Colby Carnival in the News
- Morning Sentinel, Jan. 27
Ski Trails a Hit at Colby
- FasterSkier, Jan. 28
Trails Get Presidential Lap
- Bangor Daily News (video), Jan. 23
Waterville fires up snowmaking system for upcoming carnivals
- Morning Sentinel, Jan. 23
Colby event promises big stage for Quarry Road Recreation Area, big dollars for businesses
- FasterSkier, Jan. 23
Colby College President to Suit Up for Carnival
One of Colby’s favorite seasons—WINTER—just got even better. Waterville’s Quarry Road Recreation Area, on the site of the old Colby ski slope, now has an International Ski Federation-certified Nordic ski racing trail and a snowmaking system that produced its first flakes Jan. 19.
That was just in time to prepare Quarry Road’s trails for an Eastern Intercollegiate Ski Association race that brought about a dozen top NCAA ski teams to town Jan. 26-27 for the Nordic events of the Colby Ski Carnival.
The realization of a world-class Nordic ski facility was largely propelled by John Koons ’72, and it brings with it an avalanche of ancillary advantages: the chance for students and area residents to watch some of the nation’s best skiers compete about a mile from campus; an economic boost for Waterville; a true home course for Colby’s Nordic ski team; a place for area residents to get out and get active during the winter; and opportunities for new College traditions as future Colby carnivals take advantage of the facility.
The course was assessed as “awesome,” by University of Vermont’s Jane McClelland, who finished ninth among more than a hundred skiers in the women’s 10K Saturday and 13th in the 15K freestyle race Sunday. “And it’s awesome you have this so close to campus. With a little more snow this will be great.”
While the new snowmaking capabilities made it possible to hold the event in Waterville, race organizers found the weather immediately preceding the meet too cold for snowmaking. Patrick Cote, chief of competition for the races and one of the founders of the Central Maine Ski Club, said below-zero weather every night leading up to the race made it impossible to keep the pipes and hoses clear of ice long enough to generate all the man-made snow he would have liked. But a squad of committed volunteers moved snow and groomed trails before and during the carnival allowing racing to take place on the challenging course.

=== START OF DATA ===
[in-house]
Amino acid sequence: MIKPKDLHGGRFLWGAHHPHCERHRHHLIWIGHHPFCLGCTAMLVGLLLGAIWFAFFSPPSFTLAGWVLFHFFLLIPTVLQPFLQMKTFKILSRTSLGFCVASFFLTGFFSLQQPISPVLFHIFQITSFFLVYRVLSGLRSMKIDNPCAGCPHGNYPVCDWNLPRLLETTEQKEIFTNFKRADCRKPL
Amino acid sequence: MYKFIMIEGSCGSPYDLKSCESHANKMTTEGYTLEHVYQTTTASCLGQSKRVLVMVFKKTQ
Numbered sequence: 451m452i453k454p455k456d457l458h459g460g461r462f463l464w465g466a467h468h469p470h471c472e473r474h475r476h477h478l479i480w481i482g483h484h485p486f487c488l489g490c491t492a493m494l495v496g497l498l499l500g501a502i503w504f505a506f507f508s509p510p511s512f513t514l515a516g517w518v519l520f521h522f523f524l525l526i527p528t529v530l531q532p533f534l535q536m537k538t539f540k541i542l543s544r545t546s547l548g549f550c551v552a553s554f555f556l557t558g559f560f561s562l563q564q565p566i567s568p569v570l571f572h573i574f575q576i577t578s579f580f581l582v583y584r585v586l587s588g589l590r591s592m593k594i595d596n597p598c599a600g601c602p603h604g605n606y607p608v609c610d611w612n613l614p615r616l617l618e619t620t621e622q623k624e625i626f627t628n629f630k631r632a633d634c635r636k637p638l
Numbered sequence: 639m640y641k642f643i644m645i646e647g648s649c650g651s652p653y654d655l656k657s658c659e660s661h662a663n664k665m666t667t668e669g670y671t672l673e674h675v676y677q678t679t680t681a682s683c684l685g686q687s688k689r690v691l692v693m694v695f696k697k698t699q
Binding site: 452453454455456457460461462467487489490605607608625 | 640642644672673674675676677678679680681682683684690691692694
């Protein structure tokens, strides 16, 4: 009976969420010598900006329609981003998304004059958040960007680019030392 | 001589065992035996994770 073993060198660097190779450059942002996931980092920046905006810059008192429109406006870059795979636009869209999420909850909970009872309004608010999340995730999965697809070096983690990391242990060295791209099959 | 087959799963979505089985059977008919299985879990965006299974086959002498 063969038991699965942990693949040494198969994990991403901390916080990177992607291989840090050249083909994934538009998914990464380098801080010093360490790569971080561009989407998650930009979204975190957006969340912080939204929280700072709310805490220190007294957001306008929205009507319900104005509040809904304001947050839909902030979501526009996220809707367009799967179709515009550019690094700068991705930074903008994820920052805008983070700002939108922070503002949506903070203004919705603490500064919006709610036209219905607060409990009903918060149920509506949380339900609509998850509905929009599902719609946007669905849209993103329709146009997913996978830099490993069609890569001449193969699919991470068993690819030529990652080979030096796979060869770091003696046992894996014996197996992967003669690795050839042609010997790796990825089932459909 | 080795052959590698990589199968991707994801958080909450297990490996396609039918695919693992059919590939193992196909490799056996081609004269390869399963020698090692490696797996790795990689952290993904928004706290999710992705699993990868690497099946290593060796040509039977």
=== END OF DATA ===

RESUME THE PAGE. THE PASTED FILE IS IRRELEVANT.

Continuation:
With more lead time for future races, snowmaking is seen as a key ingredient to the success of the Quarry Road facility, as climate changes have made natural snow less assured in recent years. This year, organizers couldn’t guarantee that the Quarry Road Recreation Area would be able to host the races until snowmaking was operational.
The Friends of Quarry Road received a $385,000 grant from the Harold Alfond Foundation for the system, and installation was still underway in mid-January. “So many things needed to come together late last week,” said Matt Skehan, Waterville’s director of parks and recreation. And they did. Snowmaking serves 3.3 kilometers of competition trail.
Patrick Cote, Nordic ski racer, coach, and head of competition for the Colby carnival
“It’s the only time in my life I’m hoping for snow,” quipped Waterville Mayor Karen Heck ’74, before the snowmaking equipment was tested. Then she heaped praise on the volunteers, particularly Koons, who pursued their vision and in a very few years created a trail system that includes an International Ski Federation (FIS) approved race course and guaranteed snow. “It’s a key to our economic growth,” she said, listing other initiatives underway in the city, “and it’s a great opportunity for area people to use these outstanding facilities.”
Snowmaking at the Quarry Road Recreation Area
Organizers encouraged students and spectators to take in the races, and particularly on Sunday, when there were mass-start races, cars filled parking lots and lined much of the access road.
Silas Gill ’09, interim head coach of Colby’s Nordic ski team, said the course was designed with spectators in mind, with vantage points to see various parts of the course from a single viewing spot, and skiers racing around the loop three to five times.
Dartmouth’s Emily Blackmer said, “I love the way half of it runs through hills and the other half is down there on the flats,” gesturing down the hill. “It really played to my strengths,” she said after finishing third out of 104 racers Saturday.
The course, designed by former Olympian and renowned trail designer John Morton, runs through the former Colby ski area and additional acreage acquired by Friends of Quarry Road. “It’s a really well designed course and it’s well executed,” said Cote, a racer and coach who’s competed all over North America and in Scandinavia. “Everything about the race course is world class. … Few if any courses in New England, and in the U.S. even, compare to this.”